Obsidian | Level 7

## Analysis of Negatively skewed nested data

Hi,

I need help analyzing my data which is negatievly skewed (skewness=-2.5 approx) with around 35% data at 0. My experiment is : Each person scanned under diffrent cases, 3 trails and each trial produces 12 scans on a person. So I clearly have nested structure. I tried fitting gamma and lognormal distributions to this data, but they all run into convergence issues. These are residuals from normal distribution fitting. Can anyone suggest what can I do better with this data.  Thank you so much.

``````title "Pelvic Lateral Deviation 504 analysis";
proc glimmix data=full_sta1 plots=all;
class case pt trial;
model  PlumbResult_0504_LateralDeviatio= case/ddfm=KR  ;
random  intercept/subject=pt(case) ;
random trial(pt*case);
run;``````

2 REPLIES 2
Diamond | Level 26

## Re: Analysis of Negatively skewed nested data

You could try something called a Box-Cox transformation which will transform the data to something approximately normally distributed, if such a transformation exists. This can be done in PROC TRANSREG (and maybe other procedures as well).See:https://documentation.sas.com/?docsetId=statug&docsetTarget=statug_odsgraph_sect010.htm&docsetVersio...

I would try this on the average for each person, rather than on the 3 trials x 12 scans for each person.

--
Paige Miller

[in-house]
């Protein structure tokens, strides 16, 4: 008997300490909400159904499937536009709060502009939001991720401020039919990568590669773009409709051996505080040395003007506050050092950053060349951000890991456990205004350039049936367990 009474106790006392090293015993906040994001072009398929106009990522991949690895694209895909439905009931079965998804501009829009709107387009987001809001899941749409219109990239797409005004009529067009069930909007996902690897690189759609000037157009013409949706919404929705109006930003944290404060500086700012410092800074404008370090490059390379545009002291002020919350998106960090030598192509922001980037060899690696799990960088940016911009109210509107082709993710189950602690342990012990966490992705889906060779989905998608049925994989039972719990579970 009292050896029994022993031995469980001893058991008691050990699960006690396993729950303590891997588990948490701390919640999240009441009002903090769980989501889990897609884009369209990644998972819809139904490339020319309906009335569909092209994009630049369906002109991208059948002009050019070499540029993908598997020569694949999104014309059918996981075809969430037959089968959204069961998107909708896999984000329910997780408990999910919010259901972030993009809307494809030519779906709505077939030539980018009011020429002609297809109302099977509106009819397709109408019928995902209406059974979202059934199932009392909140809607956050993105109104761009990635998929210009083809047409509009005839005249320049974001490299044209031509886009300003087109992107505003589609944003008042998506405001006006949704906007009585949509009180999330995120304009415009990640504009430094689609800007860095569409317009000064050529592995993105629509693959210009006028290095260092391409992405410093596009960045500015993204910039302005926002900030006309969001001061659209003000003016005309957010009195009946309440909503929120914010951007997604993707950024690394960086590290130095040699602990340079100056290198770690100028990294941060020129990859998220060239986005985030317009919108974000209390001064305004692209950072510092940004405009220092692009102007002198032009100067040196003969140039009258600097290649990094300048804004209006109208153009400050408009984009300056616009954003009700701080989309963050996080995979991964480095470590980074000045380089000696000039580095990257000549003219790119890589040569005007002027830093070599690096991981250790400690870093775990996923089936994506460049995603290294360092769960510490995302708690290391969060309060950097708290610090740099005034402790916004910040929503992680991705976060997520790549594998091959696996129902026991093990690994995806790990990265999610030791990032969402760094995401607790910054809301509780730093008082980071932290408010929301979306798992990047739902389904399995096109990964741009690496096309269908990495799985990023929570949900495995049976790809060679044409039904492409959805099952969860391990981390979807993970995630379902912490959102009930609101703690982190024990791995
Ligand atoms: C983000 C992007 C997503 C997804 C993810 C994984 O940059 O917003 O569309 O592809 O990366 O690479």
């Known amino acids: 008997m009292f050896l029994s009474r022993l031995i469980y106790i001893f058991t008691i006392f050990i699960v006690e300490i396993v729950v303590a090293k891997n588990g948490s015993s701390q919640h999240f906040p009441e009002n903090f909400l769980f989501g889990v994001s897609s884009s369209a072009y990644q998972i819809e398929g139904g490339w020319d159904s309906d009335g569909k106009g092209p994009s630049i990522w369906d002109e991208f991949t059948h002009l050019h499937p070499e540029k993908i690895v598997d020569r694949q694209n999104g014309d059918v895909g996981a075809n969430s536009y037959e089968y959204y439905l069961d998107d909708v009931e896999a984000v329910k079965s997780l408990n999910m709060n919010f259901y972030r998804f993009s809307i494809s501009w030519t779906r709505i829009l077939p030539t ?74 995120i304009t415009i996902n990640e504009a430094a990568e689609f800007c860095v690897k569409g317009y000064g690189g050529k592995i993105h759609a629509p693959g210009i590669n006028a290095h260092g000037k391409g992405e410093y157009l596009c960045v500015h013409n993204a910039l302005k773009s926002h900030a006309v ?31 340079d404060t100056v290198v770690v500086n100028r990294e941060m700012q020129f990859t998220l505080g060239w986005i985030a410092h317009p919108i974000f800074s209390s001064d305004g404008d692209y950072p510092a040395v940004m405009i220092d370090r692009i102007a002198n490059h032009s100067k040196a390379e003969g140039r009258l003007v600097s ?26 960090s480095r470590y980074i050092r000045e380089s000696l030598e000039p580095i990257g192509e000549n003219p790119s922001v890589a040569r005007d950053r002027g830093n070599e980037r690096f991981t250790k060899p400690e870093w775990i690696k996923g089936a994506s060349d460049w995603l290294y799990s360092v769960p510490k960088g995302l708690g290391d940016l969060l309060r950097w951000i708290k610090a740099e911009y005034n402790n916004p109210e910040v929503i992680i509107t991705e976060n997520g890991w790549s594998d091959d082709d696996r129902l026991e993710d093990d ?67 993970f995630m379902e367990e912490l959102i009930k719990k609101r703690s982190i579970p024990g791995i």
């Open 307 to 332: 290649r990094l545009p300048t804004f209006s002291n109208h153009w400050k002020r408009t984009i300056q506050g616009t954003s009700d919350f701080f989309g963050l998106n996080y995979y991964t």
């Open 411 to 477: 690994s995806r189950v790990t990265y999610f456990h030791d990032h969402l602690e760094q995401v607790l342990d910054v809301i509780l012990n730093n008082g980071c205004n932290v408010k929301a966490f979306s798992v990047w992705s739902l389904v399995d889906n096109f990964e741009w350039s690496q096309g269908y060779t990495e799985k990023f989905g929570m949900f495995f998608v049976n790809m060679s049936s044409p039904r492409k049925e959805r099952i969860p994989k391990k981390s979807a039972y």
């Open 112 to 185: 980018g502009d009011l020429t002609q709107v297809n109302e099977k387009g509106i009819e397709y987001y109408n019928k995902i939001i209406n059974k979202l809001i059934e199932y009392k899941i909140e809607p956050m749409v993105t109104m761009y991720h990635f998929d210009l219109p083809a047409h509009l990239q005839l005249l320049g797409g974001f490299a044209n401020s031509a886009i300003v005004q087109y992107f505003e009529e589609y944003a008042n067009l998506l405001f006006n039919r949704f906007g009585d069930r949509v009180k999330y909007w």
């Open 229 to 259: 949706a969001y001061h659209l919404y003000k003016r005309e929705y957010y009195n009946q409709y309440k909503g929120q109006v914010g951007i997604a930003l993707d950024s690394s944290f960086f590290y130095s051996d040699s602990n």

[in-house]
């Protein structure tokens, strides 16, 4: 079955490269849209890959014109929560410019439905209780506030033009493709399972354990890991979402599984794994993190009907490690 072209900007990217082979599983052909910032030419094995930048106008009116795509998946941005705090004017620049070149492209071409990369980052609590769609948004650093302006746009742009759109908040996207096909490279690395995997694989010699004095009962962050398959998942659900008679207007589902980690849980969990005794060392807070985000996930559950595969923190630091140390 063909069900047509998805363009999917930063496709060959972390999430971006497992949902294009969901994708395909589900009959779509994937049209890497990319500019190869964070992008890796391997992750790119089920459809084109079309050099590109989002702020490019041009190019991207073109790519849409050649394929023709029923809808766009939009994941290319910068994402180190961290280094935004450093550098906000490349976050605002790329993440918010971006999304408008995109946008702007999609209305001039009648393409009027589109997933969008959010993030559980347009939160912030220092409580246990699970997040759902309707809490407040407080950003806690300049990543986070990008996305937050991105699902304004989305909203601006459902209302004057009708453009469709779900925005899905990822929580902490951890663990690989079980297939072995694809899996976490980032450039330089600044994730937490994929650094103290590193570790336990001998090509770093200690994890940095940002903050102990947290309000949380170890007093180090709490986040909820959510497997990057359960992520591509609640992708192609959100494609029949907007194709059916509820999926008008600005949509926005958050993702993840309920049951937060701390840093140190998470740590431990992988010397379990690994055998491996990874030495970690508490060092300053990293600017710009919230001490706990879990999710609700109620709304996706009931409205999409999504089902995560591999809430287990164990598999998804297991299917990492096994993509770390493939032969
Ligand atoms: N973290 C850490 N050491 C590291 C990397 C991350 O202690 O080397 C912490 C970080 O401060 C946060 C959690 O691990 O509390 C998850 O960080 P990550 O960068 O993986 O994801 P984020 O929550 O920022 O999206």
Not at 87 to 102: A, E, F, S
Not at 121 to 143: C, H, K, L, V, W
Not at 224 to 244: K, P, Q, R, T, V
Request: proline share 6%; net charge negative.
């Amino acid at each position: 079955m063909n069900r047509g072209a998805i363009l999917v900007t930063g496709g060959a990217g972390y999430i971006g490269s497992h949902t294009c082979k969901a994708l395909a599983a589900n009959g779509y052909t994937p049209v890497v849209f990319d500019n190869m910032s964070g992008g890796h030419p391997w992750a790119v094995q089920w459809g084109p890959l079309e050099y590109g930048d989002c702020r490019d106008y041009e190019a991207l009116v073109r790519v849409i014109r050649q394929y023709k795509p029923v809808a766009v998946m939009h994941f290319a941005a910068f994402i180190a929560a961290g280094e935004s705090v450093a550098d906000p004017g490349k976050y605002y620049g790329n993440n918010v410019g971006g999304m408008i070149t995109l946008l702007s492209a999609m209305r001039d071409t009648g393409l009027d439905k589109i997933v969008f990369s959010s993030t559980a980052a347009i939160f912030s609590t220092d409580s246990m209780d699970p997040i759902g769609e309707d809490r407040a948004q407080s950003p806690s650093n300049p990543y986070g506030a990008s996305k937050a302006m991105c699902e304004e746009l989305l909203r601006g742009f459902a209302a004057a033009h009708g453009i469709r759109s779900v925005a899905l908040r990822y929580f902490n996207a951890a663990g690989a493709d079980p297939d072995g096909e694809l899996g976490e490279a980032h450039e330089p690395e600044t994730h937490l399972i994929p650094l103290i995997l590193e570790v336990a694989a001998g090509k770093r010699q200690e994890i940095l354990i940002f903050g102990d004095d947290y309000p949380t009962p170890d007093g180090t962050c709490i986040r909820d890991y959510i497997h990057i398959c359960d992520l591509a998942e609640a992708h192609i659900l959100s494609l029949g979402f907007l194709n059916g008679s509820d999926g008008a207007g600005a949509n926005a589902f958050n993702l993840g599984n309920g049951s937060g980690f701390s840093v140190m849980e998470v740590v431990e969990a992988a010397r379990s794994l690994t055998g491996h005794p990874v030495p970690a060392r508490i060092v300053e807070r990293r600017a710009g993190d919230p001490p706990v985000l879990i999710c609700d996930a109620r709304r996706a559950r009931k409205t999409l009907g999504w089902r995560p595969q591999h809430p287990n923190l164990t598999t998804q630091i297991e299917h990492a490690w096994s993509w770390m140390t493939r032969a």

Rhodochrosite | Level 12

## Re: Analysis of Negatively skewed nested data

Your description does not give us enough information to determine whether the statistical model is correct. For example, how many levels of CASE are there, and how does CASE relate to TRIAL? Are there 3 CASEs with one TRIAL each? Or 3 TRIALs for each CASE? What research question do you have that would be addressed by 12 SCANs in each TRIAL?

Your residual plot and data plot show that there is an upper bound (which is zero) to your response "PlumbResult_0504_LateralDeviatio". Neither the lognormal nor the gamma distribution is appropriate for data with an upper bound; both the lognormal and the gamma have a lower bound at zero and an upper bound of infinity. Both should have failed miserably with a response with negative values (the log of zero is not defined, and I would guess that there was a message to that effect in the log window; always pay attention to the log window).

So, we need to know more about what your response is measuring, in addition to more about your experimental design. Guessing wildly, you might have more luck redefining your response as (-1)*response, if that was sensible in context; that redefined response might follow the exponential distribution, and then the gamma might work (although gamma mixed models can be very persnickety).